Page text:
Just about any species of wildlife can be a player during a scout – everything from early warning (a squirrel chattering can alert you to an enemy or alert an enemy to you), a partridge suddenly bursting forth into noisy flight through the underbrush, noisy insects suddenly stopping their infernal racket, or even a rabbit suddenly running past you.
In places the old logging road is fast becomming overgrown through disuse. Pioneer species including various species of weeds and grasses, ferns, raspberries and blackberries etc. are quick to exploit the areas of open light in an otherwise thick forest canopy. Be sure to check for recently bent vegetation as it would be impossible to walking through this without leaving a trace.
While it can be risky to walk these open pathways for a variety of reasons, factors such as time and ease of travel come into play. As always, it’s a judgement call. Walking through the dense jungle-like forest is much slower, more noisy, more prone to injury, and you have to keep some of your mental resources concentrated on direction of movement so you do not go off-course. Walking an obvious pathway invites ambush, booby-traps, and unexpected meetings with people.
Perhaps a mile or or so into the scout, I noticed this patch of very bright yellow that shone through small openings in the thickly vegetated forest floor. About 125-feet away, it looked potentially suspicious and if I didn’t check it out I would always wonder. No amount of moving about and squinting through tiny openings could reveal exactly what it was I was seeing.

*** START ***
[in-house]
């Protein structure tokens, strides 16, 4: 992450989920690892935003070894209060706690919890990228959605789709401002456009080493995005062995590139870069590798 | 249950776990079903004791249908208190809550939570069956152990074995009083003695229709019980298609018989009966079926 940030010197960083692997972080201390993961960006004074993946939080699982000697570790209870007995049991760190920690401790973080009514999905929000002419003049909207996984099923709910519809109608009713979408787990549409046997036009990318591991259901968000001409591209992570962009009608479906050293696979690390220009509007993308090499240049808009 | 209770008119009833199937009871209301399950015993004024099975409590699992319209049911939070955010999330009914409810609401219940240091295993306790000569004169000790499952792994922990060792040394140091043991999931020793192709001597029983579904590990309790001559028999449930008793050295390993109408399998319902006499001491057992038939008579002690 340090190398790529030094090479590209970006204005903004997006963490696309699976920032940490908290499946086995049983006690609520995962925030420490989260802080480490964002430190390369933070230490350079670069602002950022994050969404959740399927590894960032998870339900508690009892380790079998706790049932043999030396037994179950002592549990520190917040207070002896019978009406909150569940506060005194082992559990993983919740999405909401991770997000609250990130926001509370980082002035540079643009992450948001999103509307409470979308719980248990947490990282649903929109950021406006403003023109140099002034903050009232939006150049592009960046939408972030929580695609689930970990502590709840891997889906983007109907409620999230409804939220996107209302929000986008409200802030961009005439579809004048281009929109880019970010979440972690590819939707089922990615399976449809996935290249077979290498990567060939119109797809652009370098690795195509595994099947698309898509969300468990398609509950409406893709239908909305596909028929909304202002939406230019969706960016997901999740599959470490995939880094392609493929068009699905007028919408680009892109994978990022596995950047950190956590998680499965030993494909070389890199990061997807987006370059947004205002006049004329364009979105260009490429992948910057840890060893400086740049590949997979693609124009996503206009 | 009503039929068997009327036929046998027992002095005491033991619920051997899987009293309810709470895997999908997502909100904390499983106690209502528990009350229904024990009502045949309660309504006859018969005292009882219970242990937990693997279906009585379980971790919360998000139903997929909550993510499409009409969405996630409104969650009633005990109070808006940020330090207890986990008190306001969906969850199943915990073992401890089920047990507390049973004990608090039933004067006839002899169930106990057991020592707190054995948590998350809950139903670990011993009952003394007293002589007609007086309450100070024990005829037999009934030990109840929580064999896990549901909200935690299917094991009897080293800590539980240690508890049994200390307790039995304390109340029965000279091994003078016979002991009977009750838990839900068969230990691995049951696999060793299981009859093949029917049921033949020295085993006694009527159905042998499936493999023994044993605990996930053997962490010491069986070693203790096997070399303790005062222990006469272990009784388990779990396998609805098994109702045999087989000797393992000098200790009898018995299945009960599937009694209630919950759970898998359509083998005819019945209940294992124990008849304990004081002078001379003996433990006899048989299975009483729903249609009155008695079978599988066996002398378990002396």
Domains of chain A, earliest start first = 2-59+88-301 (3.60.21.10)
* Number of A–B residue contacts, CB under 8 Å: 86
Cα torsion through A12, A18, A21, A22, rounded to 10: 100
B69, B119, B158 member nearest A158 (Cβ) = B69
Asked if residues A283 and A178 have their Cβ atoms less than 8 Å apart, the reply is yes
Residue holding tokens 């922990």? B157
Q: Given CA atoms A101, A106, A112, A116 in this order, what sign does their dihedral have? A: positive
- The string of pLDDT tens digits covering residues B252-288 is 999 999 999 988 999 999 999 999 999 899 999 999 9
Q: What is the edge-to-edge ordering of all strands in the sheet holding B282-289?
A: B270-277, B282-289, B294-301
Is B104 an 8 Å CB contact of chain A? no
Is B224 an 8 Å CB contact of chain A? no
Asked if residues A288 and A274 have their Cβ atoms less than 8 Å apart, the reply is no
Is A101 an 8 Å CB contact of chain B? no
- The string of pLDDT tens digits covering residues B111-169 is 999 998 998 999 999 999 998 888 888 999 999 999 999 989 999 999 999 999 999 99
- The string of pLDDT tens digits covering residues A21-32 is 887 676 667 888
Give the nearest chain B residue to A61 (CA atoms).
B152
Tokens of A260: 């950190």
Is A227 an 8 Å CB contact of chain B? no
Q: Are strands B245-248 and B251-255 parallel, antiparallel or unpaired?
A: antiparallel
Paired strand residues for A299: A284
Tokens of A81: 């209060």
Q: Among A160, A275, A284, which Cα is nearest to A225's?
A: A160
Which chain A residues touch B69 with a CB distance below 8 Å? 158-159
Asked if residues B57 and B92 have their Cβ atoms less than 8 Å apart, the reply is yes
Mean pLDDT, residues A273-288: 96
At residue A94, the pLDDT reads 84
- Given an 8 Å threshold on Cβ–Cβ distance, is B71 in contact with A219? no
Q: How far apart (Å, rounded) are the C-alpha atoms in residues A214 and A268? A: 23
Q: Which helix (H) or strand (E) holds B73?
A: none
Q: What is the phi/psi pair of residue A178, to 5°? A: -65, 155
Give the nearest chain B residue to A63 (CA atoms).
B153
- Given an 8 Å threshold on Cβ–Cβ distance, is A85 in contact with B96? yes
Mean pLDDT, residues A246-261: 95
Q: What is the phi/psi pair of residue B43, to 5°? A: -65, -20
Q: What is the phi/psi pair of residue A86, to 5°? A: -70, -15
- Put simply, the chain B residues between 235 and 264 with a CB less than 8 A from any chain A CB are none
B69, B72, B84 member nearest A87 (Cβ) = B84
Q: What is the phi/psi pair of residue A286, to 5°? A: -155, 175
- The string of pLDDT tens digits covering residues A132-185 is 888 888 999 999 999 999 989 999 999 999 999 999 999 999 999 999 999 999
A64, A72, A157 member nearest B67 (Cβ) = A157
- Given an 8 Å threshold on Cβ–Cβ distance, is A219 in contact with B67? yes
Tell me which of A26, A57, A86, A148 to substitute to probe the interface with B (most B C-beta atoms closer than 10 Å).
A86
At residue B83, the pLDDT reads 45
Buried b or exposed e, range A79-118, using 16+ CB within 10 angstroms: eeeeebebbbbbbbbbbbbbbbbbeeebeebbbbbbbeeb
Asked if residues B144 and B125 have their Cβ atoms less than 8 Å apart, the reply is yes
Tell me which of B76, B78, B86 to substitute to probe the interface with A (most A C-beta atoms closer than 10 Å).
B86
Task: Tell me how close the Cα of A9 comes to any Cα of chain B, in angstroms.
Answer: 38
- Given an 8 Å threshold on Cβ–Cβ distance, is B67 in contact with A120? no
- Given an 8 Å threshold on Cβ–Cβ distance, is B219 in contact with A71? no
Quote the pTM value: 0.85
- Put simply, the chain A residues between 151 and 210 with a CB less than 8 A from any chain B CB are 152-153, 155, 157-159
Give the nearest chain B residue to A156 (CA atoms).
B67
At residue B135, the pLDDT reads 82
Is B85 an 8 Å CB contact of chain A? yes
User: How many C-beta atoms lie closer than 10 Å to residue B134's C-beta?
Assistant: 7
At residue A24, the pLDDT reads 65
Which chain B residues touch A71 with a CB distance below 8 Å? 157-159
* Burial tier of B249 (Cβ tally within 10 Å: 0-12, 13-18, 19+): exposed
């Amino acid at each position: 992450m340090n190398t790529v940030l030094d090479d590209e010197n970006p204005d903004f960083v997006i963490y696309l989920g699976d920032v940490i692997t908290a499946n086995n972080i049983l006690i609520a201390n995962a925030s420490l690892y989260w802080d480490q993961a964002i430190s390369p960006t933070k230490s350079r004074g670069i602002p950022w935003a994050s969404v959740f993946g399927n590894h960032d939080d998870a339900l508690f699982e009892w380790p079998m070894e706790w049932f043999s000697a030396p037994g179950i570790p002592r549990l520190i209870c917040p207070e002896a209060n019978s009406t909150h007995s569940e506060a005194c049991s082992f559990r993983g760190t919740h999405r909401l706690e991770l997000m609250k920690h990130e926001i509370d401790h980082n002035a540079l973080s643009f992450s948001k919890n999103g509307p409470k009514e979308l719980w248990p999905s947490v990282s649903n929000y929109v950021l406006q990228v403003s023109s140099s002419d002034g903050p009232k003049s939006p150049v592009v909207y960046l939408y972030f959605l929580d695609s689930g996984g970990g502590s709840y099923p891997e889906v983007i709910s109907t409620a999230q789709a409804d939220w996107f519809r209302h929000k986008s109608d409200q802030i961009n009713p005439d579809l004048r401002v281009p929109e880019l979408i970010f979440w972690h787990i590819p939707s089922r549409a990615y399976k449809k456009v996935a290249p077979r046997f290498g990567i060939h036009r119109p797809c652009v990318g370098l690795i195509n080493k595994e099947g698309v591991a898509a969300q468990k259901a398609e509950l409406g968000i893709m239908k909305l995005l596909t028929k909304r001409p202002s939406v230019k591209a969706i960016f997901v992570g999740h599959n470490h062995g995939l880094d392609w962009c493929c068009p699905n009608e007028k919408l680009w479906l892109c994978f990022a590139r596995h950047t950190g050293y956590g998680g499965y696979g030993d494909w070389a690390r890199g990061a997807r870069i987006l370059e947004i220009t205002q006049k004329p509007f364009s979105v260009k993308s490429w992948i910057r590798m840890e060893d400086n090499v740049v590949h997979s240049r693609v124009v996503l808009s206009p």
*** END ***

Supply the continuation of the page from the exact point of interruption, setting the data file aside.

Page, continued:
To take this picture I zoomed in to the cameras maximum magnification. While some forest leaves during the Fall season can be this bright yellow, and sometimes distressed trees during any time of the year, it is also a popular tent color. Since here was an anomaly I decided to investigate.
Carefully and slowly circling around at about 50 yards from the yellow splotch (which is a fair distance in thick forest growth) I gradually worked my way to the spot and discovered that the yellow color was indeed the leaves of a fallen over Moose Maple tree.
The thin yellow leaves seem to magnify the sunlight and almost glow in the relative darkness under the thick forest canopy.
At the base of a hill where two old logging roads intersected and next to a large boulder, I came upon the wreckage of an All Terrain Vehicle, part of which appeared to be burned or melted.
I conjecture the ATV may have been coming down the hill at a high rate of speed, lost control, and slammed into the boulder in a spectacular accident.